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Covid-19 ‘Delta’ variant can be the reason for the 2nd wave in India: Study

By Saima Siddiqui 
Updated Date
Covid-19 ‘Delta’ variant can be the reason for the 2nd wave in India: Study

Hyderabad: As India was worst hit by Coronavirus this year in comparison to previous year’s mostly single cases in families, Public Health England, a UK government health organisation, claims to have found out the reason why several households have reported multiple cases of Covid-19 infection this time. As per their findings, the Delta variant (B.1.617.2) first discovered in India, spreads fast in a household setting and is possibly fueling the Covid-19 second wave in many parts of India including Telugu states and spurt in cases in some countries.

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While other variants mostly infect one person in a household, the Delta infects more than one, this explains why several members in many families were down with Covid-19 this time.

The Public Health England has compared the transmission rate of the Delta variant in a household setting with that of the Alpha variant (B.1.1.7), which is also a variant of concern. The Alpha variant was first discovered in the UK.

“Overall, we found increased household transmission of Covid-19 associated with B.1.617.2 compared to B.1.1.7. These findings show households are important settings for rapid transmission of the lineage B.1.617.2. With household settings being an important factor in wider community spread, strategies to prevent transmission in these settings are vital to control the Covid-19 pandemic,” the PHE study released on Friday said.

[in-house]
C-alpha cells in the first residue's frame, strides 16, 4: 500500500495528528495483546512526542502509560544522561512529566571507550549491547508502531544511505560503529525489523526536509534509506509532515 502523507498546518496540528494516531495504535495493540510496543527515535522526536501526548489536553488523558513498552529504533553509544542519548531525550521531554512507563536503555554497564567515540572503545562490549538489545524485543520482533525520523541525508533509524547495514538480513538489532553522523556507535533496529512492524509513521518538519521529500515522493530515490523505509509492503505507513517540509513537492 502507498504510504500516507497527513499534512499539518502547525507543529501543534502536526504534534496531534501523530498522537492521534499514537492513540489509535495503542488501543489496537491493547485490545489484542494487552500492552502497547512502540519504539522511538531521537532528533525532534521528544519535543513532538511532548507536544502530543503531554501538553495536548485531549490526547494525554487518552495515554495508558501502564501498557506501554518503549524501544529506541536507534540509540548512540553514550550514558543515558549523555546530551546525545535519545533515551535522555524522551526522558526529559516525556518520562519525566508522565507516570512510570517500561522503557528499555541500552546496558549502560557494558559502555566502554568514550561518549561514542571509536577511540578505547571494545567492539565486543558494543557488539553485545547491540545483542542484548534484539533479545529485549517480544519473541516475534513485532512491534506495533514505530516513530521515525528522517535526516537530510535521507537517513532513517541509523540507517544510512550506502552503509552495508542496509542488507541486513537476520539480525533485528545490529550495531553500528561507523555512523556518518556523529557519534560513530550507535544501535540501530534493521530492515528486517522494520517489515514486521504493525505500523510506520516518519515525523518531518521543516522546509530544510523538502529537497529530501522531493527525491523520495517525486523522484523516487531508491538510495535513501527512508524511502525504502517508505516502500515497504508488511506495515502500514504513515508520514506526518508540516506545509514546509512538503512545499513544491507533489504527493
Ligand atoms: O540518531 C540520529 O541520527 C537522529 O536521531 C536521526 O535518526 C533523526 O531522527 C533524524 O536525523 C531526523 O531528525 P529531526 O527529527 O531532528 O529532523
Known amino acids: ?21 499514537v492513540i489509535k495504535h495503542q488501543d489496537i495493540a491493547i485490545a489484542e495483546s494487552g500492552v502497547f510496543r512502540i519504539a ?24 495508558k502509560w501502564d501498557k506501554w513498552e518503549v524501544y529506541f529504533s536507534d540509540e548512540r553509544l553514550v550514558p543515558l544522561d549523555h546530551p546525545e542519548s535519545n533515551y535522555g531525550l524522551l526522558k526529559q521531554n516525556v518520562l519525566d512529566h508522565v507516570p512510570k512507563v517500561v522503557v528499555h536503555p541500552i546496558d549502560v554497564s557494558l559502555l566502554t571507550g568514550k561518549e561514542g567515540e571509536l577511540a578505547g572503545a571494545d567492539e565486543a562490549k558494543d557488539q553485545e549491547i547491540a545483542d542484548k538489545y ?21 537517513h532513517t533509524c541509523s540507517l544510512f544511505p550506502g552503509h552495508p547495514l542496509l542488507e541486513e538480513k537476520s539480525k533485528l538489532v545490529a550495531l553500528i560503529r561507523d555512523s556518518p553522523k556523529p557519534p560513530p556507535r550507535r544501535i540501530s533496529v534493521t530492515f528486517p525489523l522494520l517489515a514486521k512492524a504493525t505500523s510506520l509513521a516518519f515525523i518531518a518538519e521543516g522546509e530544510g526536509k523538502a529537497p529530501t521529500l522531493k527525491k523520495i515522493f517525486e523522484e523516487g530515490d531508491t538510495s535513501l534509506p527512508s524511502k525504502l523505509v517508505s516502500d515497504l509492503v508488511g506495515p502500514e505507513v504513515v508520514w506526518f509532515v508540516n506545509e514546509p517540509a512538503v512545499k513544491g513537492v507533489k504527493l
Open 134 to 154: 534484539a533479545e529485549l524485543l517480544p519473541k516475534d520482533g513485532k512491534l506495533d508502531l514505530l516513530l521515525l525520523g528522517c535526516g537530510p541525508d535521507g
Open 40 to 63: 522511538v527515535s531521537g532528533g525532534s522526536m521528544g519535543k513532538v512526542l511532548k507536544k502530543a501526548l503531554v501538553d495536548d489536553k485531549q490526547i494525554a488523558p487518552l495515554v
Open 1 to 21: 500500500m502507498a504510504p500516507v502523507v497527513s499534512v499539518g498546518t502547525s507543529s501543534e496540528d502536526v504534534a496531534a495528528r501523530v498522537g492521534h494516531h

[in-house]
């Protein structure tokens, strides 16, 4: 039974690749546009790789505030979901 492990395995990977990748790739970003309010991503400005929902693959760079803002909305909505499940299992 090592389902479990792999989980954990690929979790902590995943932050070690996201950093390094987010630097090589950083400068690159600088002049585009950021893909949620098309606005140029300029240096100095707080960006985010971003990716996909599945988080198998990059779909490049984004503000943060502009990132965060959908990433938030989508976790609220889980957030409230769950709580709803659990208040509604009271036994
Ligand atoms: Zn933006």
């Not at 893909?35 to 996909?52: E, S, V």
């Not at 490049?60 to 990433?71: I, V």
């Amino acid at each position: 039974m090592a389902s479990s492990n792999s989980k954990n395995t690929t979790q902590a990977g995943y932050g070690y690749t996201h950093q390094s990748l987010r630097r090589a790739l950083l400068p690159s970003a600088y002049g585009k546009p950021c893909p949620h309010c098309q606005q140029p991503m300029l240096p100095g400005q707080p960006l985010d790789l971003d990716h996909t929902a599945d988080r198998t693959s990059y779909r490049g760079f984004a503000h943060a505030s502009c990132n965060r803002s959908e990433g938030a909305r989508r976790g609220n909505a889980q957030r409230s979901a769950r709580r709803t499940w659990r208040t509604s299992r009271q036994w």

According to the PHE study, there is a 64% increase in the odds of household transmission associated with infection with B.1.617.2 variant compared to B.1.1.7.

Also Read :- Millions forced to stay in-doors as China battles Delta Variant outbreak

“This study provides early real-world evidence of the effect B.1.617.2 variant on household transmission. The findings support existing evidence that B.1.617.2 has a substantially increased transmissibility advantage over the B.1.1.7 variant,” the PHE researchers said.

This study also found evidence of increased household transmission among households with an index case of Asian ethnicity,” the researchers added.

They said households are high risk settings for transmission of Covid-19 and are an important factor in wider community spread. “By assessing the extent to which B.1.617.2 results in onward transmission to household members compared to B.1.1.7, we can assess the relative transmissibility of this variant, and provide information vital to the national and international pandemic response,” they added.

The study found that the odds of household transmission was 1.66 among those with B.1.617.2 variant. While the wild strain of novel coronavirus dominated the wave I assisted by its mutants like N440k, the Alpha and Delta variants took the lead role during wave II. Luckily, vaccination protects from these variants. Even in case of infection, the severity of the disease and the need for hospitalisation do not arise.

Also Read :- India’s tally sees 3rd Covid wave coming this month, peak in October: Experts
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